How do you keep from judging and worrying about people that aren’t sober and don’t ever plan to be?
Oh, man. This is a doozy of a question.
The short answer: I don’t. I do worry and judge as I’m only human. When I see friends that drink like I used to drink (helplessly and without restraint), of course I’m concerned. At the same time, I know that the mere fact that I notice is more indicative of my own issue with alcohol. With a few exceptions, people that don’t struggle with drinking don’t tend to notice when others are struggling. People that do or did struggle, do notice. It’s a mirror.
This is definitely a controversial topic and these opinions are my own.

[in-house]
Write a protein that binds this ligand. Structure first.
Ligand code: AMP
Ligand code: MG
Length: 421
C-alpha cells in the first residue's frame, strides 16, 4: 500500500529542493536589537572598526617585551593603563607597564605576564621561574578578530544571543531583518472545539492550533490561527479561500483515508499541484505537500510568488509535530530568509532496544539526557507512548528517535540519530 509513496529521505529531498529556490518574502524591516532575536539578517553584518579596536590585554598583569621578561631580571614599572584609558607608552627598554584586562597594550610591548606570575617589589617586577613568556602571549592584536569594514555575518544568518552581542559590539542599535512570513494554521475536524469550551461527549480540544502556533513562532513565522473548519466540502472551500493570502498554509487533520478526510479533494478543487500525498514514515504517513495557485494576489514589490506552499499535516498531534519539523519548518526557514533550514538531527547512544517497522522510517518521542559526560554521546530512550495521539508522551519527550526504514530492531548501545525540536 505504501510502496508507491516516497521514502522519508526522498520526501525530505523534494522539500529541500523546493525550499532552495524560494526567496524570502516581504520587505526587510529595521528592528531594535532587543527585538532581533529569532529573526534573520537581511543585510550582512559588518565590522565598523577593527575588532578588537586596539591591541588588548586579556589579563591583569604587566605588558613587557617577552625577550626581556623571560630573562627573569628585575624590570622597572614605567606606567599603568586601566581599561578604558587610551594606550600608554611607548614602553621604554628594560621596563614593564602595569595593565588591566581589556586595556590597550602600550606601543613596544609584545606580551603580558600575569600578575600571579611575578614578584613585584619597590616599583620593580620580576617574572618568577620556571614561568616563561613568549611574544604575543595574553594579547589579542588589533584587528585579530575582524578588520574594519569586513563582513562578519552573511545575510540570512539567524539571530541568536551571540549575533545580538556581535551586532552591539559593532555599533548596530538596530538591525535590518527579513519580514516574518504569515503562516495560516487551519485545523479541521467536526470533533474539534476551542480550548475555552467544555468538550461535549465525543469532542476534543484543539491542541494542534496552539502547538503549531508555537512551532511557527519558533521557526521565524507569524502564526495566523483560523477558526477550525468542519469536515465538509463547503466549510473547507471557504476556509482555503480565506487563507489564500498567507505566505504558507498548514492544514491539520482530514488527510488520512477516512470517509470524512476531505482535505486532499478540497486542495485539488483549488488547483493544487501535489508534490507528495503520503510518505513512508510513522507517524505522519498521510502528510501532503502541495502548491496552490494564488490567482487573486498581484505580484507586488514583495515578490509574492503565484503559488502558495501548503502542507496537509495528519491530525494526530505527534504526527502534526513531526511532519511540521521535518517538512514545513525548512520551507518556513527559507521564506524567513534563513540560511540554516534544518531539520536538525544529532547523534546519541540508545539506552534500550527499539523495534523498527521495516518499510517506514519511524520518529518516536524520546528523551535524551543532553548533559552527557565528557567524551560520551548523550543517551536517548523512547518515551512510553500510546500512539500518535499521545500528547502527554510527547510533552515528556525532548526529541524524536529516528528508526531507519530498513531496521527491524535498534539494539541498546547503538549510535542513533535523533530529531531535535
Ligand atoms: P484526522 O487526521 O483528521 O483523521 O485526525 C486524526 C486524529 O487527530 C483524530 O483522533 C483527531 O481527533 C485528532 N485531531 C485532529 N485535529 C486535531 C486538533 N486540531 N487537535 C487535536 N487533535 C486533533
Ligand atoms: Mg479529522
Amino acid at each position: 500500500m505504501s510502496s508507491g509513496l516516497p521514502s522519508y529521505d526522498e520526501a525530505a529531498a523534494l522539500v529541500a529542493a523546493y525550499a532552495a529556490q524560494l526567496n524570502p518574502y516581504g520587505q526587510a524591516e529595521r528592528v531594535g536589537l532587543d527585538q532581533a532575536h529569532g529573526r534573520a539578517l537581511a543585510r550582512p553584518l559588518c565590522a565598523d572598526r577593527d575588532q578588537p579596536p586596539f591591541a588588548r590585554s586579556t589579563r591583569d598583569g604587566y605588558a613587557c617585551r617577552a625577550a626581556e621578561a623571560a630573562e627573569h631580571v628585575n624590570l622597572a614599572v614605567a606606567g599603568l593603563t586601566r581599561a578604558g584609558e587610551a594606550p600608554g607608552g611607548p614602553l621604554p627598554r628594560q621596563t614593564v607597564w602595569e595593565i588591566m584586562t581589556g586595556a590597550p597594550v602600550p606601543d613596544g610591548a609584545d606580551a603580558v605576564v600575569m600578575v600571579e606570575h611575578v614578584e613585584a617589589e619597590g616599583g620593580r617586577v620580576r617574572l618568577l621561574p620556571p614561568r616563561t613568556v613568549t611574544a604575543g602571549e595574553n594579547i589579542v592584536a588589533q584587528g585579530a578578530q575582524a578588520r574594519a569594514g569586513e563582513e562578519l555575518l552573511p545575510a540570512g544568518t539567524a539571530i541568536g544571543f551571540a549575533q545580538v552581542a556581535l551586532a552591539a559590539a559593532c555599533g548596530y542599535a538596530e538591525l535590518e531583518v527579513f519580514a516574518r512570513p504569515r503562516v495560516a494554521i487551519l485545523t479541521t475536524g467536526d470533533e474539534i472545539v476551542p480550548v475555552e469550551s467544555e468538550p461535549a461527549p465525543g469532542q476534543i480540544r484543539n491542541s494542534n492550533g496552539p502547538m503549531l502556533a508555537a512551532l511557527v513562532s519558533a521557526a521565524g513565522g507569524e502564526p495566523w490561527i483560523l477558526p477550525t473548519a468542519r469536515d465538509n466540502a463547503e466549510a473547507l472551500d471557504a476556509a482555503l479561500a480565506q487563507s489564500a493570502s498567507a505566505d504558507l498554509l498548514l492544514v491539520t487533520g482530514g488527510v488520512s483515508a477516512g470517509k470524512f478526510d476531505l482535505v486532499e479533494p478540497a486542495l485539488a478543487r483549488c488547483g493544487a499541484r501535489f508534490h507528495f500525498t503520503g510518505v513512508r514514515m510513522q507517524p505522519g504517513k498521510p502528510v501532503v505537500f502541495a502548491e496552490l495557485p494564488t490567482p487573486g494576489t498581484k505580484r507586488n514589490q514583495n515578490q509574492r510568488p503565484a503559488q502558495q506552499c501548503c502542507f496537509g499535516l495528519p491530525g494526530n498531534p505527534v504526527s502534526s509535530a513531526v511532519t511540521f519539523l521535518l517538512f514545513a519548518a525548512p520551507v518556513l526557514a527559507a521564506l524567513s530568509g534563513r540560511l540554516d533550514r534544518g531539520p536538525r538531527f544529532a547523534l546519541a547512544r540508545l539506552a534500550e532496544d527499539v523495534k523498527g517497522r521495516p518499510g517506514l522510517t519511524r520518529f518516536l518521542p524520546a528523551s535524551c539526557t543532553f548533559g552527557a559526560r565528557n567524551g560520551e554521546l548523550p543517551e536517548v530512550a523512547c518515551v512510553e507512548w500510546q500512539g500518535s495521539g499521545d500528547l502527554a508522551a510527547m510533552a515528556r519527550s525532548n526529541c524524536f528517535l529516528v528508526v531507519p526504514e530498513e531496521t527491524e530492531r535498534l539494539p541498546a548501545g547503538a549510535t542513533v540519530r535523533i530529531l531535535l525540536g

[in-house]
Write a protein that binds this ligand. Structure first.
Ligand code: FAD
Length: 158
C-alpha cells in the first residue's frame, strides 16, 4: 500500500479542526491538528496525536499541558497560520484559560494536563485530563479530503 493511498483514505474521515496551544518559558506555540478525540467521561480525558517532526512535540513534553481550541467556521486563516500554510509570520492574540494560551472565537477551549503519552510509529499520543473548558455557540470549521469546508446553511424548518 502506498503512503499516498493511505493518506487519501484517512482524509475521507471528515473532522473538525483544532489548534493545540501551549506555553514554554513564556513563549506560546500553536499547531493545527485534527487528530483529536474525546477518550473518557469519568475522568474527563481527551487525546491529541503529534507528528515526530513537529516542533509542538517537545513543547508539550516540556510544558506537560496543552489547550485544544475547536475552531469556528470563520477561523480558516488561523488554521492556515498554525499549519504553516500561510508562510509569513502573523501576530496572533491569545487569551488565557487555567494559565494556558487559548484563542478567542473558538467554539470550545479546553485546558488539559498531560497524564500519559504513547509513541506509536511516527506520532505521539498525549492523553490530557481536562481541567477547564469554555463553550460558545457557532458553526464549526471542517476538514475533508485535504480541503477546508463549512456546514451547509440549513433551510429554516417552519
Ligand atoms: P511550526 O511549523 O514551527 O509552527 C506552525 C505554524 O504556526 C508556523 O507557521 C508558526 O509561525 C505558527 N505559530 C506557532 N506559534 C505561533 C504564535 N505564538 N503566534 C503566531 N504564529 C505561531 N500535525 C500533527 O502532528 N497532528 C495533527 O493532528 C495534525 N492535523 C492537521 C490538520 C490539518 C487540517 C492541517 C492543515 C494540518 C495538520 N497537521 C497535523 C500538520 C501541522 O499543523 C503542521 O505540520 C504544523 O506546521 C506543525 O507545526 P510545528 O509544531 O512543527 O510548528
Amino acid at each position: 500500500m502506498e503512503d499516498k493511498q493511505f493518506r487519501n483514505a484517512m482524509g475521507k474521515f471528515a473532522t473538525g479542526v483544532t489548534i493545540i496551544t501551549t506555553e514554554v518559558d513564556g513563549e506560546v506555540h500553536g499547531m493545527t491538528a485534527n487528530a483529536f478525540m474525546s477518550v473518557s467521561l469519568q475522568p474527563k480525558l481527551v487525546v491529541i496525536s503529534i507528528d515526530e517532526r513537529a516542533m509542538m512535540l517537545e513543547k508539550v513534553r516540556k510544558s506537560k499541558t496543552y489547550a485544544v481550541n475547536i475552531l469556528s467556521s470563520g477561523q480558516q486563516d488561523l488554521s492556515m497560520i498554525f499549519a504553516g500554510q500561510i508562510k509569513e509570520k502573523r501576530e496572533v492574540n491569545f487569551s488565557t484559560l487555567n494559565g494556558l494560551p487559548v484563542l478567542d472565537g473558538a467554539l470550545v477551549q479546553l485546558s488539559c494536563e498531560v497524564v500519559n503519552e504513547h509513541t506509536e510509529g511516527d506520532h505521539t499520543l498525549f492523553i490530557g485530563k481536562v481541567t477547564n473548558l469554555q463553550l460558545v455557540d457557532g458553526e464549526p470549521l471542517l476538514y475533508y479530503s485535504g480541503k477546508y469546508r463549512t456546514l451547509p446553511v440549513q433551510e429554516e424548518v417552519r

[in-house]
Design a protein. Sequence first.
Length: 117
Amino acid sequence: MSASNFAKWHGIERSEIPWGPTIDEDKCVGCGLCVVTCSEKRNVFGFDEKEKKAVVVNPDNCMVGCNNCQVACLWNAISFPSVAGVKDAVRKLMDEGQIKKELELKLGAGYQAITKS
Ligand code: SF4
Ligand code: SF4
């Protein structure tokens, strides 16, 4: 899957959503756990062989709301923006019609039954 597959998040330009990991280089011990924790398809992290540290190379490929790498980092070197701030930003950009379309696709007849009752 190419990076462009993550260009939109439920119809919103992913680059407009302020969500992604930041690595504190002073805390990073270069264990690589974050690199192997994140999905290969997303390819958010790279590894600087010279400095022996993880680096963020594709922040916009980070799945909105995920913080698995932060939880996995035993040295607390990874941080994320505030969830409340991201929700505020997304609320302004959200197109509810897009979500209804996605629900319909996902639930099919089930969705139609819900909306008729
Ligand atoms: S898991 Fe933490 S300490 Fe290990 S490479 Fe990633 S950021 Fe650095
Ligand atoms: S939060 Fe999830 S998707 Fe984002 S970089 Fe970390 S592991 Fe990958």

At the end of the day, I quit drinking on my own watch. I said, The buck stops here. The most I can do is be supportive if aforementioned person is aware of their problem and wants to talk about it or address it somehow. I don’t ever want to be the one to suggest it, bring it up, or force the idea. In my drinking days, I would have been deeply offended if someone had done this with me. I would have felt wounded, sensitive, attacked, and annoyed. In the haze of ethanol, you’re not thinking clearly enough to know that another person has your best interest at heart. It does come across as judgment and superiority. You can’t help someone that won’t first help him or herself. (Adjust your own oxygen mask first, then choose your favorite child.) That said, I don’t spend much, if any, time with the few people that fit this description anymore. They stopped seeking me out because I’m no longer a drinking buddy and often turned down invitations from me to do other things. When you remove the common denominator of drinking from any given scenario, you swiftly find out if the relationship was real or not.